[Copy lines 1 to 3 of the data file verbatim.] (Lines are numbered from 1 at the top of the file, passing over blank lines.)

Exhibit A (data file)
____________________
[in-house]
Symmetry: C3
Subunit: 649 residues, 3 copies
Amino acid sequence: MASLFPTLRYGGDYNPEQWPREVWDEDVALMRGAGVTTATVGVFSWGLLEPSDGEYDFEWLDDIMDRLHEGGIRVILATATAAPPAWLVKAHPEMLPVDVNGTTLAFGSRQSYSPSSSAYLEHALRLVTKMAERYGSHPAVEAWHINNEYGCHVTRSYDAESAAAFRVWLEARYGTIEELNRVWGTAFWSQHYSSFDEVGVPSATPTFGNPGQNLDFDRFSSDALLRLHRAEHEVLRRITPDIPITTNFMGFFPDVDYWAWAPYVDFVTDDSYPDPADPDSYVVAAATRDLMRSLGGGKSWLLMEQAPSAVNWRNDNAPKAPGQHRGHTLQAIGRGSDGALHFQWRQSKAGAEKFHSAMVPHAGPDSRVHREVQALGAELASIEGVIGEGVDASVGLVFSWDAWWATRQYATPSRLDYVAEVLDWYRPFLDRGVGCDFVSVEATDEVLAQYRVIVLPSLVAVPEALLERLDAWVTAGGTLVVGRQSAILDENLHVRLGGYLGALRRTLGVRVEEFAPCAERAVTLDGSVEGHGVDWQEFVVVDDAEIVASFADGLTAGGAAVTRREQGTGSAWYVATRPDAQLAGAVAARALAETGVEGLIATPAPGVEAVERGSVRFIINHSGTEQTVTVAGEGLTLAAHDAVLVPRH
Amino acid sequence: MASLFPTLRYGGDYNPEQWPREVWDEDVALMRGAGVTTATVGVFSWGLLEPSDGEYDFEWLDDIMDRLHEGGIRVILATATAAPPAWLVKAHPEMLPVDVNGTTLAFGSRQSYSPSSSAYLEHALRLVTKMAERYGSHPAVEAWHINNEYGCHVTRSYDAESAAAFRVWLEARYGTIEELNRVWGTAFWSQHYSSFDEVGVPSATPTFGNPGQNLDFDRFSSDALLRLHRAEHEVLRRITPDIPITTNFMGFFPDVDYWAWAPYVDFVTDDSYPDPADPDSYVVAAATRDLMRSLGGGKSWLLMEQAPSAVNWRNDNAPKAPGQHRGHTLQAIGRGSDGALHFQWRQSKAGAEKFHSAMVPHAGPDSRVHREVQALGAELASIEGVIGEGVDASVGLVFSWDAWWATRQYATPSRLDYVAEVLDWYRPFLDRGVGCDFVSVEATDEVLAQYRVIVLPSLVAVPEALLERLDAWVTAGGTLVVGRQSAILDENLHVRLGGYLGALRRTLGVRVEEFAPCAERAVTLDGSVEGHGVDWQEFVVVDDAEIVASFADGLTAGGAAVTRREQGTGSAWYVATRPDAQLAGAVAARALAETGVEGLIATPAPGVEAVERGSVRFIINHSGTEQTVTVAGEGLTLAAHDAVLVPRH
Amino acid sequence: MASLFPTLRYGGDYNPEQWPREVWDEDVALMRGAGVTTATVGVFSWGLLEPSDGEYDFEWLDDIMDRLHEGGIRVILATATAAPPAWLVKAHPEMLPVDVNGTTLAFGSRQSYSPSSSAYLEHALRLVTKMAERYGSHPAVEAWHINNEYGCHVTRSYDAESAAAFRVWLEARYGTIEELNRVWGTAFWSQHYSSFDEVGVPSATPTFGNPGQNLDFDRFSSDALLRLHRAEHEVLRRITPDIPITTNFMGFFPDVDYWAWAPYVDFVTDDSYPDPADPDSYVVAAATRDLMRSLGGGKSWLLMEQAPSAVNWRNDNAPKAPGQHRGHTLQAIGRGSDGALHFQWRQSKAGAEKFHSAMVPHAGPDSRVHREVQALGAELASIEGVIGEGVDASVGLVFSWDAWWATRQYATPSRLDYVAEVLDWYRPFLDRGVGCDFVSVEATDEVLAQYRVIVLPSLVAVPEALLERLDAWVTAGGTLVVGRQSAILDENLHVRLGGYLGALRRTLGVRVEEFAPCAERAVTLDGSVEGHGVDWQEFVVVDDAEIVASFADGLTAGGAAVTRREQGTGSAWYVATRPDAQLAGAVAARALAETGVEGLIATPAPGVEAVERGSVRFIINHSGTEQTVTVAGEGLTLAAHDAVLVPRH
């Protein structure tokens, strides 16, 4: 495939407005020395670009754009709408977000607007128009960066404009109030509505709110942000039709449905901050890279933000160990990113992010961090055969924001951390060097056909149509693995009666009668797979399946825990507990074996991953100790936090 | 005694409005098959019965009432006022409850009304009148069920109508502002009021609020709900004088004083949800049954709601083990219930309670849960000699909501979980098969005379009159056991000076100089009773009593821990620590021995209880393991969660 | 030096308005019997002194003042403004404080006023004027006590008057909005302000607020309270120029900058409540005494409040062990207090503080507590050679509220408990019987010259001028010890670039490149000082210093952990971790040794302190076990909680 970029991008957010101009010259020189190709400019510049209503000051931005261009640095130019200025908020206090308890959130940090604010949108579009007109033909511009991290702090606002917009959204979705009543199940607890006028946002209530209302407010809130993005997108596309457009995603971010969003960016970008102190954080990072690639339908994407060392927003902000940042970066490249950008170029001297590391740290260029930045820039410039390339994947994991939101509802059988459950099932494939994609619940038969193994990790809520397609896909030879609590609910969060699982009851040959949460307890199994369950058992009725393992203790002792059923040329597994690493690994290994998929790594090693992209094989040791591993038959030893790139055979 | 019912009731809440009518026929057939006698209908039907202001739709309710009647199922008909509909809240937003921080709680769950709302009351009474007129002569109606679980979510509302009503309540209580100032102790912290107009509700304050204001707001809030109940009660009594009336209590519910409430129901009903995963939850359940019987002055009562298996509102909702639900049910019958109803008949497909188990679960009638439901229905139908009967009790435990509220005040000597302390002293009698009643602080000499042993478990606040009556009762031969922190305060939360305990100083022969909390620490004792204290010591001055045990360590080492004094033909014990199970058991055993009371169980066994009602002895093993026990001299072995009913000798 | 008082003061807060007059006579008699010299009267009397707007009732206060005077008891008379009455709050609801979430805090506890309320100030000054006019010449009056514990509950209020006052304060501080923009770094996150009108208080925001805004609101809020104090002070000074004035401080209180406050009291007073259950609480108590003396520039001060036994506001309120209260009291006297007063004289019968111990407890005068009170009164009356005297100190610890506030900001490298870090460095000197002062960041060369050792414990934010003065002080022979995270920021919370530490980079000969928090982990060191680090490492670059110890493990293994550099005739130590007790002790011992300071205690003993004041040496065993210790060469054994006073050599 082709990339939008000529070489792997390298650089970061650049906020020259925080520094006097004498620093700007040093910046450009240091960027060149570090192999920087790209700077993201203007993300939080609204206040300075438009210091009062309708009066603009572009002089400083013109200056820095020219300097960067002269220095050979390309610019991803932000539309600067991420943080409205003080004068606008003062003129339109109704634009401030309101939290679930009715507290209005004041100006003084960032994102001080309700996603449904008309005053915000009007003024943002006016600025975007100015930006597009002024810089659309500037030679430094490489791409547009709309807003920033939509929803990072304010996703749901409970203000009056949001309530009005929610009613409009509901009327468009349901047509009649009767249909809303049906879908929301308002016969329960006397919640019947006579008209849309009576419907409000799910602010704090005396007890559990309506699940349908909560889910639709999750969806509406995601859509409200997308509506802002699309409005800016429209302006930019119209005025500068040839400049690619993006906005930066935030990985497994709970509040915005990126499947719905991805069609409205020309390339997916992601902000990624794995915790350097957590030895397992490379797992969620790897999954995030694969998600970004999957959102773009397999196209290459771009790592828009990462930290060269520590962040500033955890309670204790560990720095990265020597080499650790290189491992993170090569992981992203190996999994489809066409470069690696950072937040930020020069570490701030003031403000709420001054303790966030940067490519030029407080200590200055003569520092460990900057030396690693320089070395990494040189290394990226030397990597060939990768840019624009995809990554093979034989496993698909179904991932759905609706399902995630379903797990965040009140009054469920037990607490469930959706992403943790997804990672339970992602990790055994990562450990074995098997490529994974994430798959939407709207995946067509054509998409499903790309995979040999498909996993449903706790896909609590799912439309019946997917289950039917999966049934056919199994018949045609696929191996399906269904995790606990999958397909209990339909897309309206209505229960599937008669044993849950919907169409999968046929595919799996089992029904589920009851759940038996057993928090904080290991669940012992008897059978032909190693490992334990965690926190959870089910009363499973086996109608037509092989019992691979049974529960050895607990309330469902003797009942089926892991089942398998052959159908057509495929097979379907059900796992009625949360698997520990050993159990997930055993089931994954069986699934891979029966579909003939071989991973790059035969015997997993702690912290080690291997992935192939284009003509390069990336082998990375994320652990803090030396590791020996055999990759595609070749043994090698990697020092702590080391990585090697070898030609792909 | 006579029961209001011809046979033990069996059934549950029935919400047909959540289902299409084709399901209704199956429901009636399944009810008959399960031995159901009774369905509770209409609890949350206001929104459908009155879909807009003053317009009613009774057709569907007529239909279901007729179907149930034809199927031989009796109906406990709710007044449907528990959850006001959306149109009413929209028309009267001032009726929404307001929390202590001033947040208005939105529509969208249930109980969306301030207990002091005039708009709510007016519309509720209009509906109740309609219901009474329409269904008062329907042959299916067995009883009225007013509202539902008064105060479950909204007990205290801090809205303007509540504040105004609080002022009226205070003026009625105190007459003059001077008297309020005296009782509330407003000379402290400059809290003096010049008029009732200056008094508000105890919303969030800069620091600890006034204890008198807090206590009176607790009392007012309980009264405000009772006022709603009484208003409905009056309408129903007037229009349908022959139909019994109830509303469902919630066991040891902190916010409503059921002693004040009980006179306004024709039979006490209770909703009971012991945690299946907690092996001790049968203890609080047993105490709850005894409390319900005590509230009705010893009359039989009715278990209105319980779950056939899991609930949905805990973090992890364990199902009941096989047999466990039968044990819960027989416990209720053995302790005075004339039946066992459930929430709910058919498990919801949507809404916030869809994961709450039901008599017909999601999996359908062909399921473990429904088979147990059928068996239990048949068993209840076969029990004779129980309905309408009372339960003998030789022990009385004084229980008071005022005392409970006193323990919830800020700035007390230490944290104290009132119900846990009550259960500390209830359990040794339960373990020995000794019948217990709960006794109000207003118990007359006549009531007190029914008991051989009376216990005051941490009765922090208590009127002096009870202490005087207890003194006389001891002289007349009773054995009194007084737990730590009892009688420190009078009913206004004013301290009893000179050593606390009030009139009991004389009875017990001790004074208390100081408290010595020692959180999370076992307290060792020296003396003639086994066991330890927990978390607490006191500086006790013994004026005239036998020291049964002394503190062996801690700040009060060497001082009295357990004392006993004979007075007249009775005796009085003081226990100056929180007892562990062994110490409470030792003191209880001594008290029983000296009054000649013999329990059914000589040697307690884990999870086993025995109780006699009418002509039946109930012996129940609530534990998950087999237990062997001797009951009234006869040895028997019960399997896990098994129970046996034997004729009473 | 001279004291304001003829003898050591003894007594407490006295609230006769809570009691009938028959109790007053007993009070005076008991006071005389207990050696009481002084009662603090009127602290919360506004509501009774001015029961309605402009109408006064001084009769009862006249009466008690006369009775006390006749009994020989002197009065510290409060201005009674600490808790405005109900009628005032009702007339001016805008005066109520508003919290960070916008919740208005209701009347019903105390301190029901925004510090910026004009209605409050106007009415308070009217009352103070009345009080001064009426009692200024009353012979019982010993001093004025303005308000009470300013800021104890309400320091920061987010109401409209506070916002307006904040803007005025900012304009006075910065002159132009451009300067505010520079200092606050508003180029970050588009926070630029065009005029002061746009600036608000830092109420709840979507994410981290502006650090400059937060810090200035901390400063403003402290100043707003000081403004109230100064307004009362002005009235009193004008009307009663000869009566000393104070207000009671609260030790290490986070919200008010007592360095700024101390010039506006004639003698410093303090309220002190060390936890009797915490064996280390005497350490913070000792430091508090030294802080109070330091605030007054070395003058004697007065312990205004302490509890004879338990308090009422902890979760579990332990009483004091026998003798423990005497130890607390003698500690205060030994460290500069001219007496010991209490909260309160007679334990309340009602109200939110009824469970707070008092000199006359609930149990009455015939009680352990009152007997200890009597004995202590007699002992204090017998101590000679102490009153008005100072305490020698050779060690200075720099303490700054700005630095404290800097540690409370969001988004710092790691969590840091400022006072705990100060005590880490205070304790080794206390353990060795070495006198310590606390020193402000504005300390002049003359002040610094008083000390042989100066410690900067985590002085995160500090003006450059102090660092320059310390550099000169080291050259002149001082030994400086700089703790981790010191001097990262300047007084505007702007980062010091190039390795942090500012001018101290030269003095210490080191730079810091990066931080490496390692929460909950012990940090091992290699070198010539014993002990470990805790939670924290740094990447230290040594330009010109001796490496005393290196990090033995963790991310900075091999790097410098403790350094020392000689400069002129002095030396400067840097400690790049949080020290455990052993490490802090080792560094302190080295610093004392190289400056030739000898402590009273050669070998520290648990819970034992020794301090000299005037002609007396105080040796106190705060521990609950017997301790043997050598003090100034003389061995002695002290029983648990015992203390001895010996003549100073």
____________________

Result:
[in-house]
Symmetry: C3
Subunit: 649 residues, 3 copies